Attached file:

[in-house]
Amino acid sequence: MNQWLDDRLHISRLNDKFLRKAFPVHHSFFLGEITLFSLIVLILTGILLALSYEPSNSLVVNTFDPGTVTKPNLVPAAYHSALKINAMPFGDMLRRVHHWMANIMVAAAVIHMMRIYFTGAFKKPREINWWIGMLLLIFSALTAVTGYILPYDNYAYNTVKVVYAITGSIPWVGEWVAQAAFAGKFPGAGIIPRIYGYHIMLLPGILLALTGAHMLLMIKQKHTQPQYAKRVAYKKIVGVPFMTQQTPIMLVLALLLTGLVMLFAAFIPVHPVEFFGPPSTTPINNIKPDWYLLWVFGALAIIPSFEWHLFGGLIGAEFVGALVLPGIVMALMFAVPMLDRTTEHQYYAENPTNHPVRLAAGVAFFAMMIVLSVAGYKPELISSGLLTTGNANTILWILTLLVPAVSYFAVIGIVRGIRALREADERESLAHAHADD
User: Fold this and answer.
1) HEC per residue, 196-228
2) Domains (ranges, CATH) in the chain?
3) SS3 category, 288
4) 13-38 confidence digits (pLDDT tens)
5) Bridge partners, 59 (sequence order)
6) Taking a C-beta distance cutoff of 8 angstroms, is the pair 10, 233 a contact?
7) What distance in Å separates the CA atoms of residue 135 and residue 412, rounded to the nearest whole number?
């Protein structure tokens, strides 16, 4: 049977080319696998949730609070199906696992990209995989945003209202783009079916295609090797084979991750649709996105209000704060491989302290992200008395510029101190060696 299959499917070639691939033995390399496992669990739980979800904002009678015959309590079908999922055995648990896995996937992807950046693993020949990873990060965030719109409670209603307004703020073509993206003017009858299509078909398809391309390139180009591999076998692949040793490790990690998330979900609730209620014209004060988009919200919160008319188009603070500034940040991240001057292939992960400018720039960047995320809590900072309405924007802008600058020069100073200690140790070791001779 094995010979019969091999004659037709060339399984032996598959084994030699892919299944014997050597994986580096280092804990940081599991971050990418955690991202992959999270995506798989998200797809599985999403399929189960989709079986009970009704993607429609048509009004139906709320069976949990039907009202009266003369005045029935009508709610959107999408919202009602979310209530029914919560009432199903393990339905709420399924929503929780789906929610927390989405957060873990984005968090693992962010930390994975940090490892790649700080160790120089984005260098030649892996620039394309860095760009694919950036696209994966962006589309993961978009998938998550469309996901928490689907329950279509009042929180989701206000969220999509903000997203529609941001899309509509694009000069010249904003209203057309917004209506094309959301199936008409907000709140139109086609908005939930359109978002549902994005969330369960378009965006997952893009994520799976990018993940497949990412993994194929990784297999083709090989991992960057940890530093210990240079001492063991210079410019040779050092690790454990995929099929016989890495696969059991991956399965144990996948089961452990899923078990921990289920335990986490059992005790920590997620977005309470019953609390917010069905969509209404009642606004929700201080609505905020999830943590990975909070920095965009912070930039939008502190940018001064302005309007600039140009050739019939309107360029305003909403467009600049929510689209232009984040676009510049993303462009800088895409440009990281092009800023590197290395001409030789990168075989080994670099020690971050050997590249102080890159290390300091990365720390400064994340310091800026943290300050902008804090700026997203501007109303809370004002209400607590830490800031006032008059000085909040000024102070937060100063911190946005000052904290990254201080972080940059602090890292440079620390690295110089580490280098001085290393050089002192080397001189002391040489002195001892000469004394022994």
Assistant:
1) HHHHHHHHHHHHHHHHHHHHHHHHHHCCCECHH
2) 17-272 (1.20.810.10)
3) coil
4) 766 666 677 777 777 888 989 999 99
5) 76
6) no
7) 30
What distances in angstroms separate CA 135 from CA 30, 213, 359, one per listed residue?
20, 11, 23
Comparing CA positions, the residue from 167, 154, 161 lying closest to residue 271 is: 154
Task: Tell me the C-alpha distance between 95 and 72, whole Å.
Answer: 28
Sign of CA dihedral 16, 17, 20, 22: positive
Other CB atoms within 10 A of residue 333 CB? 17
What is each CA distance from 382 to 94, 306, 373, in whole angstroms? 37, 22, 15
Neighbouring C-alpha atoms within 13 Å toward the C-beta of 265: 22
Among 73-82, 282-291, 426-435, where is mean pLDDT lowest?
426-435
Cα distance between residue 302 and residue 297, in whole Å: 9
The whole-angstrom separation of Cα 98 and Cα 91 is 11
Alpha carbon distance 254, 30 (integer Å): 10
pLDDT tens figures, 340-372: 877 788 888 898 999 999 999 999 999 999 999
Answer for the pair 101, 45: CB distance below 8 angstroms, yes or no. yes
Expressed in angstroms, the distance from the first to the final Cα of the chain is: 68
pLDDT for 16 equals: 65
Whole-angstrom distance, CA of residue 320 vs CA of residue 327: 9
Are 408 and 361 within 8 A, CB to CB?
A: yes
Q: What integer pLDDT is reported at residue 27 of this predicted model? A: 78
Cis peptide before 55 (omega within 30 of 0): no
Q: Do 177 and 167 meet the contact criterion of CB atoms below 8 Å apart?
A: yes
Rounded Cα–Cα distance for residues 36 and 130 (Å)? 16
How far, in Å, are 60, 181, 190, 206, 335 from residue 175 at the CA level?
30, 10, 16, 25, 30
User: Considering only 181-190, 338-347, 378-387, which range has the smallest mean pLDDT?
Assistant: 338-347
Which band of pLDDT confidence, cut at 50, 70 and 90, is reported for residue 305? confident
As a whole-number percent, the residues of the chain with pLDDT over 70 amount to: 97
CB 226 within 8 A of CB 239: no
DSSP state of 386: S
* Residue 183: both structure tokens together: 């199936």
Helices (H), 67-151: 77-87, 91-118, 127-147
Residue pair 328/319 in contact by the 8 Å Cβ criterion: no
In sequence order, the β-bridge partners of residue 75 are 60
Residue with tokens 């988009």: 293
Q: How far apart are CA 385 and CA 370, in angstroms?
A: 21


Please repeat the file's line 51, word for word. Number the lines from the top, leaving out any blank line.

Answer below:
As a whole-number percent, the residues of the chain with pLDDT over 70 amount to: 97